The Plains black-headed snake or plains blackhead snake is a harmless and secretive colubrid. The small, slender snake lives in the southwestern part of the United States. Its head is not distinct from its body and is characterized by a black cap-shaped marking that extends up to the neck.
The Plains black-headed snake is approximately 7.1-15 inches (18-38 cm) in length.
Color and Appearance
The color of the body varies between tan to brownish gray, with no well-defined markings. Its common name is attributed to the dark, usually, black cap-like marking at the top of its small, triangular head. It extends beyond the head scales onto the neck by more than 3 scales and has a pointed or convex ending. The white belly has a narrow salmon or pink-colored stripe running down the center. The small and smooth dorsal scales lend the snake a glossy sheen.
Are They Dangerous to Humans
The rear-fanged snake has a mild toxin but lacks a well-developed venom delivery system. As its venom is very weak, it is considered harmless to humans.
Plains Black-Headed Snakes at a Glance
The species can be found in the US in the western part of Texas, Colorado, Nebraska, Kansas, Arizona, Oklahoma, and New Mexico. It also lives in Mexico. It also lives in Mexico.
It lives in grassy or rocky prairies or hillsides with moist soil. It is occasionally found in basements. Being fossorial, the colubrid prefers areas with loose soils that can be burrowed into.
The shy snake mostly hides in small burrows or leaf litter and is surface active at night. As it is prone to desiccation, it is unlikely to be surface active or beneath surface debris in dry seasons. It hibernates in the coldest months of the year.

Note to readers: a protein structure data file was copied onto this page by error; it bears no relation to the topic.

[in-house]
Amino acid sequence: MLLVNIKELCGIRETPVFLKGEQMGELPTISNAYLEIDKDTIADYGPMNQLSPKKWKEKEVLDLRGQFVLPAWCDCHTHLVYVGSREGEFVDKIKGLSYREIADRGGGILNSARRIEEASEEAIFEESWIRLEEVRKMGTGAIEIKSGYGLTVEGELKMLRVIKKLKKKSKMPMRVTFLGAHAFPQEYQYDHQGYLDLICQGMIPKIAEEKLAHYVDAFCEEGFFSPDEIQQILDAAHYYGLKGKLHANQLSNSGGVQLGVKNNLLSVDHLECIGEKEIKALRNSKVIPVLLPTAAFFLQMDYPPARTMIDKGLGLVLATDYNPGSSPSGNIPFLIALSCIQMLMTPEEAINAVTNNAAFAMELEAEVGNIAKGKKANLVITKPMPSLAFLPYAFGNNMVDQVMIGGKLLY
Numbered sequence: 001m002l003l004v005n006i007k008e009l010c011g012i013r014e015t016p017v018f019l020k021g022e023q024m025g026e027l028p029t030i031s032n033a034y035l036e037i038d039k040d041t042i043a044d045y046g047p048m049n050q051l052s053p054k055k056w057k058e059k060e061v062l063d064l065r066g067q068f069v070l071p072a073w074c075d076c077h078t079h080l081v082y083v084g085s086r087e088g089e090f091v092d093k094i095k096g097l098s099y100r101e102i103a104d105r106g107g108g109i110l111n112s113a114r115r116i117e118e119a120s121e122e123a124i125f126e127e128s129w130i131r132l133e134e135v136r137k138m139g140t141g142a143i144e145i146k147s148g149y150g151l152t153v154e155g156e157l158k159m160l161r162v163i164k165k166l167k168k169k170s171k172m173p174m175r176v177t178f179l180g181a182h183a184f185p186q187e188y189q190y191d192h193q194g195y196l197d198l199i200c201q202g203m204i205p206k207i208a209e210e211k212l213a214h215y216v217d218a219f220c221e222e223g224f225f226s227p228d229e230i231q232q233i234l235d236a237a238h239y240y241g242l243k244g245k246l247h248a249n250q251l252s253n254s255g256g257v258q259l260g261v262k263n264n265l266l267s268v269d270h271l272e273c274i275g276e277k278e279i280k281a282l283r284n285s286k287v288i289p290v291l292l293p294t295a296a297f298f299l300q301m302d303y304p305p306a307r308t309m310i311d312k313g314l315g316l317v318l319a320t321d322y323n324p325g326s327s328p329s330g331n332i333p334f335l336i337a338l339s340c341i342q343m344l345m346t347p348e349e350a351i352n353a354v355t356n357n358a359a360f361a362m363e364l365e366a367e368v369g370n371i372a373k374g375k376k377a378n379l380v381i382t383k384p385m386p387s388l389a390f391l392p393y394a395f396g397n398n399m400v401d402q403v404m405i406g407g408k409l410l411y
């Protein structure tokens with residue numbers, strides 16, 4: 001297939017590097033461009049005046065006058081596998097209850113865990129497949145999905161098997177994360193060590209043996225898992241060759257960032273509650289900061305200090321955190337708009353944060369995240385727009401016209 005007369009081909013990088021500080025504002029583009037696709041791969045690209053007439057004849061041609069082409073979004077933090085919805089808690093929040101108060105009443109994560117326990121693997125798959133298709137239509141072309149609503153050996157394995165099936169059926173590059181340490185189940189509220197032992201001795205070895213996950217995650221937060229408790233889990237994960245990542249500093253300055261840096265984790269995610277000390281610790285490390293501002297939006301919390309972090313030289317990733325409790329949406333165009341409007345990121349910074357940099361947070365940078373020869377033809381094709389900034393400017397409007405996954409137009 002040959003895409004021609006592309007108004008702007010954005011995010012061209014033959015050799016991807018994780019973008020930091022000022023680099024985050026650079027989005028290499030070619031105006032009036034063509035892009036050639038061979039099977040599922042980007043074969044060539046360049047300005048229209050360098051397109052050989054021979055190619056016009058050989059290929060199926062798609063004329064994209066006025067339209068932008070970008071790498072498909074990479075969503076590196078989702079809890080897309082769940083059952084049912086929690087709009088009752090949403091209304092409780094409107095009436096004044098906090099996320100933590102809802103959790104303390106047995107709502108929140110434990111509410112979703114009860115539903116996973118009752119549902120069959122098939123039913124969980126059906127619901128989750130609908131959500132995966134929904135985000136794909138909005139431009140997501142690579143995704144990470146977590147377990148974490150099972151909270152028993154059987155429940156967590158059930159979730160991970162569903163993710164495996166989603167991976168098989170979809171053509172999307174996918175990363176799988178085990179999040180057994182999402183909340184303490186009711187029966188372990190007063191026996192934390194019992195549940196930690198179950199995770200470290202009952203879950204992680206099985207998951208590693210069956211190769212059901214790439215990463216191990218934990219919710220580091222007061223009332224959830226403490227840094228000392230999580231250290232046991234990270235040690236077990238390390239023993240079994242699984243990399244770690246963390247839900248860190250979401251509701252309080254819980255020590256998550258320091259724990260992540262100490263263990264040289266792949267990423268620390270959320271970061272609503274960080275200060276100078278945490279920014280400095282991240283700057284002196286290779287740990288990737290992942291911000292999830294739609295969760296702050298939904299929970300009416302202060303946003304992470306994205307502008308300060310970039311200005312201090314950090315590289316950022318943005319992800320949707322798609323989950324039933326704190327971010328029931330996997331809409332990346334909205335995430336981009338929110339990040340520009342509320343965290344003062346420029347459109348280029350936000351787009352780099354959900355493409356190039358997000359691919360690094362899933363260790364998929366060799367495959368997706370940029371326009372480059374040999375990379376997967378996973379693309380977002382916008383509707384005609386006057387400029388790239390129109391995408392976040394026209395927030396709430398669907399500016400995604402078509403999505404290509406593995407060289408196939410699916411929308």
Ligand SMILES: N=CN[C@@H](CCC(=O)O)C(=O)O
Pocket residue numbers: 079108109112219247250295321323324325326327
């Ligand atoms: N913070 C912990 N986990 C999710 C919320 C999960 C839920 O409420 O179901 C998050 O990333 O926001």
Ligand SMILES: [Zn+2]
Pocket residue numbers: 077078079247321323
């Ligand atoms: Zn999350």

It lives for around 15 years.
Its main enemies are birds of prey such as the great blue heron, semi-aquatic creatures such as the alligator, and other bigger snakes.
It eats spiders, centipedes, scorpions, and insect larvae, injecting its mildly toxic venom or saliva to subdue its prey.
Oviparous (lays eggs that hatch outside the body)
Mating occurs in spring. A female can lay up to 3 extremely elongate eggs in spring or early summer, with hatchlings starting to emerge in summer. The juveniles resemble the adults in their looks and can fend for themselves. They attain sexual maturity when they are 6-8 inches long.
Chihuahuan and Yaqui Black-headed Snakes
Chihuahuan (Tantilla wilcoxi) and Yaqui (Tantilla yaquia) black-headed snakes have a light neck collar.
phenology.mwparc.org, webapps.fhsu.edu, coloradosnakes.com, projectnoah.org